(7) Sin as the Cause of Death
Somewhat paradoxically, the evolutionary model makes death an important ingredient for life even though it cannot really explain why death came about or why it was necessary to begin with. Without continued death of the unfit and repeated “experiments” that result in death, life cannot arise or continue. Biblical theology teaches an entirely different idea. The creation was initially perfect, but then sin intruded.
Sin caused the Fall of mankind and death came as a consequence of sin. Thus death came about only after the Fall. We have to believe this if we are to take Romans 5:12 seriously: “Therefore, just as sin came into the world through one man, and death [came into the world] through sin.”25
One of the purposes of the Genesis text is to explain where death comes from. God through Moses is giving to later generations the precise cause of death. Everyone experiences death of loved ones, but apart from the Genesis history of creation, they may wonder why death happens. The plain explanation of Scripture is that death occurs because of sin.
Perhaps it could be argued that death in Romans 5 refers to spiritual death entering the world in addition to the physical death that already was present. This idea is theologically strange because it puts physical death before spiritual death, the opposite of the biblical order. Only with a spiritual separation from the sustainer of life is physical death possible.
The repeated testimony of Genesis 5 is that Adam and all his descendants died physically after living a certain number of years and having children. Genesis is a book of death as well as a book of beginnings, from Adam in 5:5 to Joseph in 50:26, with better than 60 references to physical death in between. Genesis 3:17–19 proves that the death in view is physical death, because it says that, as a consequence of disobedience, Adam’s body would decompose into the organic matter from which it came (Gen 2:7; see also Ps 103:14 and Eccl 12:7).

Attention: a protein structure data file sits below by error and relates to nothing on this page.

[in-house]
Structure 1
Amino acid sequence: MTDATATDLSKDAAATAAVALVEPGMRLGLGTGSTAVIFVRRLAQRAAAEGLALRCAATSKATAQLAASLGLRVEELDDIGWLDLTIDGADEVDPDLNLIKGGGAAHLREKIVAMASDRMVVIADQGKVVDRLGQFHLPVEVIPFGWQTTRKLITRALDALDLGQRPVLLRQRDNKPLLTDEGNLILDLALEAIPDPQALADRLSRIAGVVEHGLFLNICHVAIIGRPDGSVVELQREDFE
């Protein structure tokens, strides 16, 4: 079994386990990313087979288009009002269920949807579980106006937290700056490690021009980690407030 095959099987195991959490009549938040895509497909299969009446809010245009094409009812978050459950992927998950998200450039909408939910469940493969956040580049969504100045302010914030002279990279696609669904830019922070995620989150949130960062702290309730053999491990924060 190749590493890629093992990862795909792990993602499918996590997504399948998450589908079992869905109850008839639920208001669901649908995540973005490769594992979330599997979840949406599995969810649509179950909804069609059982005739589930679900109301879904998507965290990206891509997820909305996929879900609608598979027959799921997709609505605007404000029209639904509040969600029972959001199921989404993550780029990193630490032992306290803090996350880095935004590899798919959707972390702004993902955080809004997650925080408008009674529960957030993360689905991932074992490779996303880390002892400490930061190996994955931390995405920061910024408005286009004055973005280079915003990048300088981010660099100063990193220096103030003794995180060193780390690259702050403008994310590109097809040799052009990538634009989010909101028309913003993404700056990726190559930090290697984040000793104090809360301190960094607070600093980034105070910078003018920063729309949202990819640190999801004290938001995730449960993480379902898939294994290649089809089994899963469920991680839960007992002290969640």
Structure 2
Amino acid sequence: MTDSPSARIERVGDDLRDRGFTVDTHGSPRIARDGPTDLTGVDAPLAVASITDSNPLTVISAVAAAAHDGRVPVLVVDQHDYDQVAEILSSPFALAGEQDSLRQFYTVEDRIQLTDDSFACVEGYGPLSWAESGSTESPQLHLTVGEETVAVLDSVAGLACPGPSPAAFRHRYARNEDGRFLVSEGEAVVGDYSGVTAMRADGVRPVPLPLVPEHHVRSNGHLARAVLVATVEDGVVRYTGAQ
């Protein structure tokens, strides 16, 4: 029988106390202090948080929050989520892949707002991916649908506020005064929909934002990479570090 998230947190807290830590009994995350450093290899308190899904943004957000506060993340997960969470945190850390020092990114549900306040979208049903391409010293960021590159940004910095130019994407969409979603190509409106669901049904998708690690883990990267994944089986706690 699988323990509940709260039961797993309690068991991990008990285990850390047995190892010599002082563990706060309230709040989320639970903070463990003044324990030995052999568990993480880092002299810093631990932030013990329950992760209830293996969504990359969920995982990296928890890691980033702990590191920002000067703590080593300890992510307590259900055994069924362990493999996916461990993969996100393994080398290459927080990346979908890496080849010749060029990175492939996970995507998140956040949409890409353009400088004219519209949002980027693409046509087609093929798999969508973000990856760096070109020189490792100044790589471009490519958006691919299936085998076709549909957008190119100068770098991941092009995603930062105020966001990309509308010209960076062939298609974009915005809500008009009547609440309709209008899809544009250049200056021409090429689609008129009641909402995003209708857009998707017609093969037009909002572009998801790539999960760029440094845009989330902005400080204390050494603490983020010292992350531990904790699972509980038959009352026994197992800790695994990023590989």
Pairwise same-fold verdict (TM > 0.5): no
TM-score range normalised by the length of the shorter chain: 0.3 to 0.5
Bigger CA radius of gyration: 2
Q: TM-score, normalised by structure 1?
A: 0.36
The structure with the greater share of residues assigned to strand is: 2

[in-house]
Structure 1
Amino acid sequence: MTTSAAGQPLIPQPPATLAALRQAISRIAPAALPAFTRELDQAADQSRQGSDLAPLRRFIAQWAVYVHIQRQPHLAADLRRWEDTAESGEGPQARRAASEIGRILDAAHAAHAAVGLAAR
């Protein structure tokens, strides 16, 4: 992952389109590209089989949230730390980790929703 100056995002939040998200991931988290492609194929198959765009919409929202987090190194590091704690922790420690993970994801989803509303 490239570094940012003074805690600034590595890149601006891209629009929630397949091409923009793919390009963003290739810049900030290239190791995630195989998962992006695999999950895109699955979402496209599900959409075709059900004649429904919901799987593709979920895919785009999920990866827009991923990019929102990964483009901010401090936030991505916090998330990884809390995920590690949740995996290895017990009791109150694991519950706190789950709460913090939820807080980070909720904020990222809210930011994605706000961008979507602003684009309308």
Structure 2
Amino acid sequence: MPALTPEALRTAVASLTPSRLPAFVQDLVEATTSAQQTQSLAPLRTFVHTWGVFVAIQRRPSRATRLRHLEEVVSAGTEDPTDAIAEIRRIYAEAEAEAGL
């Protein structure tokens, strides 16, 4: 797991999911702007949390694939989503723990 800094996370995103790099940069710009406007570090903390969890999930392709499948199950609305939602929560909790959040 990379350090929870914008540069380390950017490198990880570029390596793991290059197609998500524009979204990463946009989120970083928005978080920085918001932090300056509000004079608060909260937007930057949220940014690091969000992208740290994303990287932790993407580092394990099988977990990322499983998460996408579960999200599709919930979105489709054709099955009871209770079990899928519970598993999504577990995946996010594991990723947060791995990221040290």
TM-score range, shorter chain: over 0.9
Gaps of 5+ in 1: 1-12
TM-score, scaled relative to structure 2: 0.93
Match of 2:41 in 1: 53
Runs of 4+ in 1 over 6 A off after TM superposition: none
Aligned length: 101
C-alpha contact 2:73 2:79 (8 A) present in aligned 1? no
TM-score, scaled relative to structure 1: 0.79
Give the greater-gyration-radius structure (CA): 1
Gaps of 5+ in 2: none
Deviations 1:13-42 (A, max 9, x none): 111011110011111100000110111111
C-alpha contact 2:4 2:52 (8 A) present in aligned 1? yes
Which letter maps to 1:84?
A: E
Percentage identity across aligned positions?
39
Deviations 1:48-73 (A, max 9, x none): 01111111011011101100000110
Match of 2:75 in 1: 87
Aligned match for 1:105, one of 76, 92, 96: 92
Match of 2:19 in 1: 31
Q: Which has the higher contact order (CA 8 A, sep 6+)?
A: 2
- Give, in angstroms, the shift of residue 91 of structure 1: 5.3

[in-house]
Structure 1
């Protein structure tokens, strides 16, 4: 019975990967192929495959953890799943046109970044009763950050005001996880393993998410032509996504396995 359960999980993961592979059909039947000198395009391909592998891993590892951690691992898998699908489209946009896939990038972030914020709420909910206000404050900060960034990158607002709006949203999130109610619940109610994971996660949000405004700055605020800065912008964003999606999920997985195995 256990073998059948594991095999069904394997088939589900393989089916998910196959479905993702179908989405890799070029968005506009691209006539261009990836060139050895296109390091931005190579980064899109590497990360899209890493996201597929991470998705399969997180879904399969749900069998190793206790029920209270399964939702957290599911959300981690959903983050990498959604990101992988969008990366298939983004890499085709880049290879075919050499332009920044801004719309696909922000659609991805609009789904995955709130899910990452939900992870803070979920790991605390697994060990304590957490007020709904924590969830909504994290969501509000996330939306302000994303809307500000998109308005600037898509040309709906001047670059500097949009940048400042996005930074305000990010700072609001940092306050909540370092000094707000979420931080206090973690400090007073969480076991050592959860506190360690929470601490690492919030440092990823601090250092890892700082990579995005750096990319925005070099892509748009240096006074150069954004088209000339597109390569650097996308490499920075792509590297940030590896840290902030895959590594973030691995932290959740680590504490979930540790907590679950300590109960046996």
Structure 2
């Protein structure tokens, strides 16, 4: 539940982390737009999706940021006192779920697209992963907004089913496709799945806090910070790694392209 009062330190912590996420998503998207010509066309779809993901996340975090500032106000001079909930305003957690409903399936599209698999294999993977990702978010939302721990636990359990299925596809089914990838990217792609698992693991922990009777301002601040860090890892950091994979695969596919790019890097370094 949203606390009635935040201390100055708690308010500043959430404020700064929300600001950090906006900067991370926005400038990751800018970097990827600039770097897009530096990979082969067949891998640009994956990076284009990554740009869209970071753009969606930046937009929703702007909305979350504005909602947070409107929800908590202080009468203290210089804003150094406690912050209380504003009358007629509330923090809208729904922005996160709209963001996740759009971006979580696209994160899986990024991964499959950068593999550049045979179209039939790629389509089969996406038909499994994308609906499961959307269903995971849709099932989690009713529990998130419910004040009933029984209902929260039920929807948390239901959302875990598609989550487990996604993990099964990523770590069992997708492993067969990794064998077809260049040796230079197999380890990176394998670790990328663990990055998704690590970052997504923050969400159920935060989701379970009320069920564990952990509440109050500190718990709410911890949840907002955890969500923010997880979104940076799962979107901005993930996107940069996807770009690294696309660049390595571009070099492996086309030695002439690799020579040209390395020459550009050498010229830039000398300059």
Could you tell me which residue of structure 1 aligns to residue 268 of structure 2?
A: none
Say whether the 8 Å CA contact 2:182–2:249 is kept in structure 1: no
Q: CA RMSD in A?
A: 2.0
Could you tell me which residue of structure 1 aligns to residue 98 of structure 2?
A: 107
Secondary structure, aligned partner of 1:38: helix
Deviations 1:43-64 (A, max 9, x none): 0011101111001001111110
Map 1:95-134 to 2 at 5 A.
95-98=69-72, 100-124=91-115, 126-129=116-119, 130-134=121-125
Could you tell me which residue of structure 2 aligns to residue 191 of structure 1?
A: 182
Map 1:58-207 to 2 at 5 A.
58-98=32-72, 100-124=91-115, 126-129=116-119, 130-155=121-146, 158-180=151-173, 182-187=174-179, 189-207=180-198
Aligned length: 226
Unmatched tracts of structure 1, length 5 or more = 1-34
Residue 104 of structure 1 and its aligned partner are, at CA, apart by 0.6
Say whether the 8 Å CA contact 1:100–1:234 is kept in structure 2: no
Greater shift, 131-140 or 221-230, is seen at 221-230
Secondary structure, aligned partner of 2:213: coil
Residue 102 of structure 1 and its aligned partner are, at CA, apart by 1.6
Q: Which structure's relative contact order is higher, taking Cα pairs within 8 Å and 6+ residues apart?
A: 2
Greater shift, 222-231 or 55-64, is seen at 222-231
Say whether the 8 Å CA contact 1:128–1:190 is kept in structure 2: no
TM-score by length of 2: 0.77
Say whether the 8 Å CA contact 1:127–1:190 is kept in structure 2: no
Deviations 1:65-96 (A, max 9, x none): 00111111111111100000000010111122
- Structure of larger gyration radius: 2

In short, if man does not die as a judgment of God because of sin, there is no need for the gospel. Because of the attribute of God’s holiness, sin causes a separation between the sinner and his God. In consequence, the sinner is cut off from the author and sustainer of life, God himself, which is spiritual death. Finally he experiences physical death after his natural vitality wears away. The gospel is the antidote to this terrible problem.
Besides being textually irrefutable, the gospel makes it axiomatic that death had to come from sin, because otherwise the fix for sin would not necessarily entail a fix for death. But it is clear that the gospel of Christ is the fix for both sin and death, by means of removing the penalty and power of sin. Death is cured by the bodily resurrection of the believer, likewise made possible only in Christ.
(8) Global Catastrophic Flood as a Judgment of God
The watershed book by Whitcomb and Henry Morris entitled the Genesis Flood26 is rightly credited with starting, or at least re-starting, the young earth creationist movement in the last century. The book presupposed a young earth interpretation, and focused on the literal biblical account of the flood during the life of the patriarch Noah. Ever since its publication, the idea of a global deluge has been a litmus test for young earth creationism.
Although the flood is removed by some centuries from the opening days of creation, it is significant to creationism because it is the primary explanation for many of the geological and topographical features of the earth that we see today. It also explains the vast fossil graveyards and fossil fuels that are used to power much of the world’s economy. It explains the elderly appearance of the earth despite its youth.27 Such features are most commonly interpreted from an evolutionary, uniformitarian perspective. Young earth creationism, together with the global flood, provides a competing and biblically consistent explanation of these features. This is why the flood is essential to YET.